The word "inventorship" is a word of art, making an exact definition somewhat difficult. Put simply, inventorship describes the quality of a person who invents or discovers any "new and useful process, machine, manufacture, or composition of matter," or any new and useful improvement of any of the following.
Inventorship is important because, unless the inventor assigns his rights to another person, only the actual inventor can apply for the patent. So, when you file for a patent, you have to be sure that you know who holds inventorship in the invention.
Although this question seems straightforward, it becomes quite complicated in the context of an employer-employee relationship. Usually, an employee holds inventorship in the invention as long as the employee conceived of it and reduced it to practice on his own time. However, there are certain exceptions to this rule:
Patent law does allow for more than one person to apply for the same patent. In fact, if more than one person contributes to the invention, patent law requires that each person be named in the application. However, joint inventorship requires both contribution and collaboration:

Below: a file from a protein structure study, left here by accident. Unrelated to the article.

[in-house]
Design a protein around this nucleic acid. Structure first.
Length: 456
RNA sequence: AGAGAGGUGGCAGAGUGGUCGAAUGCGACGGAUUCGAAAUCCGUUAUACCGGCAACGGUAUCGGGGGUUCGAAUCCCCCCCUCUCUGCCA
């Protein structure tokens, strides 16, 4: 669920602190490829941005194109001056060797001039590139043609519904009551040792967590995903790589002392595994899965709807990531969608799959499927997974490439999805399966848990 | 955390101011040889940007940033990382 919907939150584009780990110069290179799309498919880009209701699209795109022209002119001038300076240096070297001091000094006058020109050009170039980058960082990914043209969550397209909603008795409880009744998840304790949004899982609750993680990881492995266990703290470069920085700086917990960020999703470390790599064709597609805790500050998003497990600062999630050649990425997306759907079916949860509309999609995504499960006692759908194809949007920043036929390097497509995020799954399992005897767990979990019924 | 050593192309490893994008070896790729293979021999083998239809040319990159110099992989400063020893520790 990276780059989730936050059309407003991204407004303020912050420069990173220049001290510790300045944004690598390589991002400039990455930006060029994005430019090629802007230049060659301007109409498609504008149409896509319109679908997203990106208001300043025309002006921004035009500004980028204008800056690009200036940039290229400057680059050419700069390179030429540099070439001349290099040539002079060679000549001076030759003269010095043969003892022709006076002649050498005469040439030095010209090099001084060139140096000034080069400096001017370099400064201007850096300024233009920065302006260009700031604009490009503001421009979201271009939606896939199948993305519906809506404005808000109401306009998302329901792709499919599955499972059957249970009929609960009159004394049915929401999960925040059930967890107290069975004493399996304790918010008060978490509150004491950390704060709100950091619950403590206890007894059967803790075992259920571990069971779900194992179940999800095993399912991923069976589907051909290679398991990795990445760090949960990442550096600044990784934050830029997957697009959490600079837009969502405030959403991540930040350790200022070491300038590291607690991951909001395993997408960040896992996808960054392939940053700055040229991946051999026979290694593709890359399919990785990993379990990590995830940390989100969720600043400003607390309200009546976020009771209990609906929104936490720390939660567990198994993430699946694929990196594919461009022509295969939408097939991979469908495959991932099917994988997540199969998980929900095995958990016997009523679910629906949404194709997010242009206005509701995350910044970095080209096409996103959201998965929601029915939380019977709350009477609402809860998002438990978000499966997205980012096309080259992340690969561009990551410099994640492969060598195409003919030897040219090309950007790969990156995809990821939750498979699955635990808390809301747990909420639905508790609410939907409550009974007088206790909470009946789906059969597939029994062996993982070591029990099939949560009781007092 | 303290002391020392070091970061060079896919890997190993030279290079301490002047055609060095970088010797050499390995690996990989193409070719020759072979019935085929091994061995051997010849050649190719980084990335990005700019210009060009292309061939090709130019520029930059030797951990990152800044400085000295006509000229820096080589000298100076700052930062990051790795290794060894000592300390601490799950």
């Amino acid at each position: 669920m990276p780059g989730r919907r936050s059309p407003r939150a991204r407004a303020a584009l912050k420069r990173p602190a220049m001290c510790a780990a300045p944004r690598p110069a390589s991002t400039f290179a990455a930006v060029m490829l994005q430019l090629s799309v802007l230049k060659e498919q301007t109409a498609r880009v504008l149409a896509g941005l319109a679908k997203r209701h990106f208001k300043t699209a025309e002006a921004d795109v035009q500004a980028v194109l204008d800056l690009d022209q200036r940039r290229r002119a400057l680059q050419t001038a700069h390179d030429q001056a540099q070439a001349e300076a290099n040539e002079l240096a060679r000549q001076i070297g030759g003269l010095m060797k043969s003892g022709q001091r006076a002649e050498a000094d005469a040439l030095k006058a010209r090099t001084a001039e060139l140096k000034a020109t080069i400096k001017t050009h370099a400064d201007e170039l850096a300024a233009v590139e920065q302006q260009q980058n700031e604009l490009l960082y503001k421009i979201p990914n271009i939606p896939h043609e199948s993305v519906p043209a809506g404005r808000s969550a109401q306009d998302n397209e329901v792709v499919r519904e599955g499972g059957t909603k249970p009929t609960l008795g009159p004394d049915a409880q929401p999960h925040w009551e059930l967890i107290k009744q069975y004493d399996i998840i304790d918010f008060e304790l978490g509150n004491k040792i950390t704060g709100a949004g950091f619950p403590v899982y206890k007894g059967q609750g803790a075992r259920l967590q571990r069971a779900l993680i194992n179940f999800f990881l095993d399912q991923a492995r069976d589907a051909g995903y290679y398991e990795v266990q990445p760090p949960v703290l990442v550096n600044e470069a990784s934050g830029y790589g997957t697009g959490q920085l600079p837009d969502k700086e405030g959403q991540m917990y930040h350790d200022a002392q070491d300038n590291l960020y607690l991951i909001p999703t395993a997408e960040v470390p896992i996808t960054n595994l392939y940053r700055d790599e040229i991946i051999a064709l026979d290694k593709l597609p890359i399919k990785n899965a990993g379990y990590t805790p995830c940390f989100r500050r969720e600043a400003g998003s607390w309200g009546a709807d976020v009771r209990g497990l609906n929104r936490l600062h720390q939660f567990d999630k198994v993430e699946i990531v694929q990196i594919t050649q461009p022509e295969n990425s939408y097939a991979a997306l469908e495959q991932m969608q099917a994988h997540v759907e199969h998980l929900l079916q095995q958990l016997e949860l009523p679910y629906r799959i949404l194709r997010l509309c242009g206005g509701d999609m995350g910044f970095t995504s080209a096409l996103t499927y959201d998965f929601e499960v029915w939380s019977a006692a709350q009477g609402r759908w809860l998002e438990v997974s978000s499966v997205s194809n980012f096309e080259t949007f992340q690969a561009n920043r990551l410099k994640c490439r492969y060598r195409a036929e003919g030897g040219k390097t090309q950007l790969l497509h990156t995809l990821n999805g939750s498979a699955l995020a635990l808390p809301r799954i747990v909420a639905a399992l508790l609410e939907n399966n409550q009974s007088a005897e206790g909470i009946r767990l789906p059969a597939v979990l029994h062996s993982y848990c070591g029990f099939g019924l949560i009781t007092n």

Each inventor does not have to contribute the same amount or make his contribution at the same time. As one can imagine, this can cause conflicts among inventors, which may be alleviated by defining the invention with precision. Thus, as long as there is contribution and collaboration, each person is a joint inventor and has the right to exercise all of the patent rights.
If you have a question about inventorship and how it pertains to the patent application process, you should consider contacting a patent attorney. An experienced lawyer can explain the complicated patent system to you and can help you to protect your rights.
Last Modified: 06-26-2014 04:11 PM PDTLaw Library Disclaimer
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